Best practices: Best Practices: Implementing Inspection
The Apollo Turbo from AVT is designed for inspection of wide-web packaging.
An ISRA Vision inspection system in operation can help package printers better manage their workflow.
Detecting defects in a print run is an important element of installing an inspection system, says Brian Heil, president of ISRA Surface Vision. But, he says, that’s only one piece of the puzzle.
“If you really think the goal is to detect defects, that is totally misguided,” Heil says. “The defect detection in itself has no value. You have to be able to do something with that information to get some value out of it.”
The more important aspect of using an inspection system in a package printing or converting operation is to integrate it so it becomes a tool to help feed decision-making. One of the ways Heil recommends doing that is to make a classification system for defects.
For example, he explains that some defects are hardly noticeable on an end product and may not require stopping and restarting a job. Other defects however, require immediate action.
“It’s very important to not only detect the defect, but to classify it so you can make better decisions,” Heil explains. “Maybe it’s not such a bad problem if there’s a black speck in there, but if it’s got an insect in there and it’s a [pharmaceutical package] it’s a huge problem.”
In any business, saving time, material and resources is paramount. But when it comes to packaging, making sure a press is being run optimally is the key to productivity.
Guy Yogev, marketing director of Advanced Vision Technology (AVT), explains that using an inspection system can help package printers reduce the number of reprints they have to run because a mistake or defect went undetected.
Because the trend in the industry is for printers to take on more jobs at short-run lengths, taking time to generate reprints is more problematic than it was in the past. For example, Yogev says many printers will overprint a job by about 10 percent. But if a job’s waste exceeds that amount, using an inspection system can provide that information early in the process, saving valuable resources.
“If you … only find that at the end, at the converting stage or the rewinding stage, then it means that you need to do some reprint only for the small amount of footage that you’re missing,” Yogev says. “And that’s painful. That’s another issue that can be avoided.”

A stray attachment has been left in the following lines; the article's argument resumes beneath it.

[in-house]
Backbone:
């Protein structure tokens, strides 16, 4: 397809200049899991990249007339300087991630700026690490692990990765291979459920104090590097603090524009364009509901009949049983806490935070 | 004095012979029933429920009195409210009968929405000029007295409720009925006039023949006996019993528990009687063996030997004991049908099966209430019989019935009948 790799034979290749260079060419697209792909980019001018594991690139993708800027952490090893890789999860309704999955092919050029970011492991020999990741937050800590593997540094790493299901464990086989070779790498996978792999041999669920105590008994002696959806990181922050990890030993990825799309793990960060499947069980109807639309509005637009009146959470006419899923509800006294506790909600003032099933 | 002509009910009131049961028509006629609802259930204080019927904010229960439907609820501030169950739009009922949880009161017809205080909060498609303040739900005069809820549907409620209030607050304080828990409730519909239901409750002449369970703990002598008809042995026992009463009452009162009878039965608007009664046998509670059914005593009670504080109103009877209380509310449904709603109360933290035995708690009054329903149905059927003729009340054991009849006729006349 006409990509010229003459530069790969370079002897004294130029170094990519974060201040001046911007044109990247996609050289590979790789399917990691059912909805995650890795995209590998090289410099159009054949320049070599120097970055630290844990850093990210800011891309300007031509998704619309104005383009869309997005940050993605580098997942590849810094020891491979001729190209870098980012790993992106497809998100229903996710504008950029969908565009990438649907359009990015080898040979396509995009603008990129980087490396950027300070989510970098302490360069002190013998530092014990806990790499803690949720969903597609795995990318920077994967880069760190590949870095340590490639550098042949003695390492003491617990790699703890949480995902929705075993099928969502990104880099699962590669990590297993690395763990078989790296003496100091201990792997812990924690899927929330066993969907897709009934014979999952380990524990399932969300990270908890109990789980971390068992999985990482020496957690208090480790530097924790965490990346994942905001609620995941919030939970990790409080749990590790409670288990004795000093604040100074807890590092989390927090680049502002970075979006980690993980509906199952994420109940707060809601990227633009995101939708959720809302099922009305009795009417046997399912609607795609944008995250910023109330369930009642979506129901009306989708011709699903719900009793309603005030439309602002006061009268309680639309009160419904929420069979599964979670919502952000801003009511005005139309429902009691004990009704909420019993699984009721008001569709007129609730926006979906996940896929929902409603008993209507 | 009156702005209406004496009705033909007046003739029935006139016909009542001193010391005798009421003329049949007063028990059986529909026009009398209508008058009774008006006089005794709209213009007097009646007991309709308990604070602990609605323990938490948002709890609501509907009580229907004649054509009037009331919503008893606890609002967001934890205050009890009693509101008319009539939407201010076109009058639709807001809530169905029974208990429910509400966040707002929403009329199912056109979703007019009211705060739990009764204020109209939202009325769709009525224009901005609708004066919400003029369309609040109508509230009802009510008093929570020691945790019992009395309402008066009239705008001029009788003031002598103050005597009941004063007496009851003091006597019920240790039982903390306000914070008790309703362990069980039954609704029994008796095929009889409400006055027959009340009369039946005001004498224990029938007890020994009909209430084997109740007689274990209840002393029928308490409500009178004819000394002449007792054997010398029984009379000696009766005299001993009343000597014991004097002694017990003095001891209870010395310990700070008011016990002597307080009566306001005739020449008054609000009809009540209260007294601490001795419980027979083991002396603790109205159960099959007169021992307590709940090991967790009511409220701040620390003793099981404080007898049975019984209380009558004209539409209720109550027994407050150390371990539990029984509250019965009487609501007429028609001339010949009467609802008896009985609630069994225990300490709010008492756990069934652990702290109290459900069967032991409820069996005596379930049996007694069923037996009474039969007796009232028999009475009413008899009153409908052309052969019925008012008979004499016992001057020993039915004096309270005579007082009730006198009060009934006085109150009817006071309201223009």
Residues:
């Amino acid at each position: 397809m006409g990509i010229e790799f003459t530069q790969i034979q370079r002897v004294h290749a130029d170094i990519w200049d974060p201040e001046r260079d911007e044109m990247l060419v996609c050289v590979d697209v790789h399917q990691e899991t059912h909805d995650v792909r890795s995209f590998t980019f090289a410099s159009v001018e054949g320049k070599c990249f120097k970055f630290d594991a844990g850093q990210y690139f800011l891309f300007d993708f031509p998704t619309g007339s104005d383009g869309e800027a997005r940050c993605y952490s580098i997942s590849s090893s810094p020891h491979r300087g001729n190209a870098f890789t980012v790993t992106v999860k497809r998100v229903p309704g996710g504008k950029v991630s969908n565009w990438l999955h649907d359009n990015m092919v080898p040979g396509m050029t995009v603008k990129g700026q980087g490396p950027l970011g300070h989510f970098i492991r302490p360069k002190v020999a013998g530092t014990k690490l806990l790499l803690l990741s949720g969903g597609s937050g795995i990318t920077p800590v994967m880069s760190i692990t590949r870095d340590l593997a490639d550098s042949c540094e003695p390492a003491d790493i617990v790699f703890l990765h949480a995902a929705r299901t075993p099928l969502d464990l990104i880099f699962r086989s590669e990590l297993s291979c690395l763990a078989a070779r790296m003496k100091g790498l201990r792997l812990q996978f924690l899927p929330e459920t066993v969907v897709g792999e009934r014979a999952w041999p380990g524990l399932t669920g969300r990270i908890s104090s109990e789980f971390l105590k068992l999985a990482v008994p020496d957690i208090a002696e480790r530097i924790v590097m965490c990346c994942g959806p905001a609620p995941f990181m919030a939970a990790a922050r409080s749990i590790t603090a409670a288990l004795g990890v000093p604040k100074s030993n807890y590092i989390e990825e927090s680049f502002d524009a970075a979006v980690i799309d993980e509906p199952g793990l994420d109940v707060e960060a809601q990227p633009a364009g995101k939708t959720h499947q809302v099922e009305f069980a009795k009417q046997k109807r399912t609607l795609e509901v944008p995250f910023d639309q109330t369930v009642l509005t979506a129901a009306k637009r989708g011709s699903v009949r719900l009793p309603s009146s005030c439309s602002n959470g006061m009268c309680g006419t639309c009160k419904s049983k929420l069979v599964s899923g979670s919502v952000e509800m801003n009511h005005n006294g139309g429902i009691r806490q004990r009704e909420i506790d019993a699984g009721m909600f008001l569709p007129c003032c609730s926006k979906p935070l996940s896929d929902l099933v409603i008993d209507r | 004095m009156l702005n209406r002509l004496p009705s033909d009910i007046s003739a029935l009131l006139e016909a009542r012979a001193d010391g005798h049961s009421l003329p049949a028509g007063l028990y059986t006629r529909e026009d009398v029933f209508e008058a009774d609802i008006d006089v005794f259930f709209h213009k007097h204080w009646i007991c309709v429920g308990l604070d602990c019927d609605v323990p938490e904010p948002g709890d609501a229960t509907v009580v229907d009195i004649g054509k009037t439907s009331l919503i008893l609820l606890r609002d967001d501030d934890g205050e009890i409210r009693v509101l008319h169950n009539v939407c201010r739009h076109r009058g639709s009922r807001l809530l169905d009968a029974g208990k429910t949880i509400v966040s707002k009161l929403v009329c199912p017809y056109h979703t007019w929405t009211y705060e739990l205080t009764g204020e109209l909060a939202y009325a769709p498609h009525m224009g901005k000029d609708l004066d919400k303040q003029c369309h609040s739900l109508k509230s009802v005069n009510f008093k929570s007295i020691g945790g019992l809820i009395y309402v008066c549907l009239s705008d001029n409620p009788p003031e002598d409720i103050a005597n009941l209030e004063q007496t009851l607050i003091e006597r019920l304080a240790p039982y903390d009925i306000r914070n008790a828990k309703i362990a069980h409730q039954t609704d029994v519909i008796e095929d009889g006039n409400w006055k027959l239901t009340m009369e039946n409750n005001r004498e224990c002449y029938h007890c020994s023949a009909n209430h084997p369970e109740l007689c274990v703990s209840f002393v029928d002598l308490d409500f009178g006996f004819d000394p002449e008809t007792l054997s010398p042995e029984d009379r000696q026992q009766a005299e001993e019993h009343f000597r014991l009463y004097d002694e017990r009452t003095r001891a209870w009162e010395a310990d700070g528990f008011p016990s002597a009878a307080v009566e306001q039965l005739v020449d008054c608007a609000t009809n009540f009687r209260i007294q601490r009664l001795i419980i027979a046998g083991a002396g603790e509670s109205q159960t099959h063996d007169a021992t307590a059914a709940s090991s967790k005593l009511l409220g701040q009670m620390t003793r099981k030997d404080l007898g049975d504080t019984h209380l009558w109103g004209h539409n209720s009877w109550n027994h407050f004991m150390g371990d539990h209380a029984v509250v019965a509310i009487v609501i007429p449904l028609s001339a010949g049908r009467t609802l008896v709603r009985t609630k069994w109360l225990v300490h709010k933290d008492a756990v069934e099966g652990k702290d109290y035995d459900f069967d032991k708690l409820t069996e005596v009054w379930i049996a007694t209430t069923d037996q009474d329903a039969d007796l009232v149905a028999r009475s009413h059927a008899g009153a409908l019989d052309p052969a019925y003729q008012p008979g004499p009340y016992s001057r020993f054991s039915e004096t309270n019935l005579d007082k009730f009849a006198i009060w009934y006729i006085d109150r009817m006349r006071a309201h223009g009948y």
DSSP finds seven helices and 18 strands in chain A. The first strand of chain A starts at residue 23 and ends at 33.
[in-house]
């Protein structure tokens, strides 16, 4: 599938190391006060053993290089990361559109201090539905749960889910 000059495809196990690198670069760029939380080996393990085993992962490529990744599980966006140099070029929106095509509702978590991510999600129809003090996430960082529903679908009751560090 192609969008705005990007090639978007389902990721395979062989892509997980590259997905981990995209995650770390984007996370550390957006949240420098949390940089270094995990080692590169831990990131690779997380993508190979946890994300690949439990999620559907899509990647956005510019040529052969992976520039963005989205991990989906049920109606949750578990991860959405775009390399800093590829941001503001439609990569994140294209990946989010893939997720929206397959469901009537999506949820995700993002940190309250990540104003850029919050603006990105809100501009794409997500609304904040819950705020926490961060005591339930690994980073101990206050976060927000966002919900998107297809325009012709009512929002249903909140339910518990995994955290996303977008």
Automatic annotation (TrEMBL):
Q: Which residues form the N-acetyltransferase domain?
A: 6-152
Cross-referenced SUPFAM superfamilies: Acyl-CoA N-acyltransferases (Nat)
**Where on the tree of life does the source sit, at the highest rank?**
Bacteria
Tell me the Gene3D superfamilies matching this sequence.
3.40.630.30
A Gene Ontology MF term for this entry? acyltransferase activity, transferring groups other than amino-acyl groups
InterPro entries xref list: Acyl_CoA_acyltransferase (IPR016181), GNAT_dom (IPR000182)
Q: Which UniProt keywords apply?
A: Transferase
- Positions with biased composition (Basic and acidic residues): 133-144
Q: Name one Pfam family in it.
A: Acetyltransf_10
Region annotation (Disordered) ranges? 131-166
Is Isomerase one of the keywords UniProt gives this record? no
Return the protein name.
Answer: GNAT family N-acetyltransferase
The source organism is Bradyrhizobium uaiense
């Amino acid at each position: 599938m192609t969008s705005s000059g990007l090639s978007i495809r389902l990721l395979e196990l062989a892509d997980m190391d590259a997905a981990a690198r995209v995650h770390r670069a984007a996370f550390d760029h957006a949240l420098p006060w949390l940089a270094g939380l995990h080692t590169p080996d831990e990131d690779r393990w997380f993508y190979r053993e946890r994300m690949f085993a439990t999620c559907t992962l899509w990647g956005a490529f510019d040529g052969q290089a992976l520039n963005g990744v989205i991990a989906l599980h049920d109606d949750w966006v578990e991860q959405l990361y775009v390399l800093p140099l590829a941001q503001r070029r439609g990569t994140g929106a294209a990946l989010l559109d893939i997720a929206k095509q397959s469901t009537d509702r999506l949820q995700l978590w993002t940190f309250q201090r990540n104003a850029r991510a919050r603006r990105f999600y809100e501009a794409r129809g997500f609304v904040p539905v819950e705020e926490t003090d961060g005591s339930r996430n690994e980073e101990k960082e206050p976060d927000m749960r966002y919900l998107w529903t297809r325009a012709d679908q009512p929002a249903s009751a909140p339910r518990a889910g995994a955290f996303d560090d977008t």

Heil explains that by implementing an inspection system, package printers will find both product and process improvement, again reducing wasted time and material.
If there is a repeating defect like a streak that is appearing on each impression, he says an operator will likely discover it. But using an inspection system can expedite that process so the waste can be drastically reduced.
“If you don’t have 100 percent inspection, the defect condition can run for several hundred feet and then maybe you catch it,” he says. “But in the meantime, you’ve made a lot of bad material. You have a lot of waste. You also have lost machine time. There’s a lot of cost there.”
More to Discover
In addition to monitoring the print quality, accuracy and consistency of their own print jobs, Heil explains that an inspection system can also help package printers keep their vendors in check.
For example, when printers receive a supply of substrates like paper, films, foils and plastics, they can use an inspection system to investigate the quality of these materials. This, Heil says, can help his customers keep their material suppliers accountable and better judge who among their vendors are providing them with the best product.
While inspecting the quality of print and substrates is a major selling point for inspection systems, Yogev says taking advantage of their ability to inspect accuracy is also hugely important.
He explains that at the start of the makeready process, AVT systems can compare the original art file the customer supplied to the current print. This can help prevent an embarrassing situation, such as an operator grabbing the wrong plates and printing a package in the wrong language or with an incorrect revision.
“That’s something that you hear a lot from printers,” Yogev says. “They sometimes print a beautiful, high-quality job, but it wasn’t the right job. If they are lucky, they found it before it got to the customer. But sometimes, they don’t.”
The Right Frame of Mind
Above all, though, Heil says package printers need to remember to view their inspection systems as more than a way to find defects in their printing. Taking the next step to using that information to improve the end-to-end process, reduce waste and save money is the best way to maximize the value an inspection system can provide.
“The people that use the system for process improvement and for converting decisions get more value out of it than if they just use it for one or the other,” Heil says. “If you’re saying, ‘I want to use this to make sure I don’t ship bad product to my customer,’ that’s good and there’s value there, but not as much as if you use it to reduce defect frequencies.”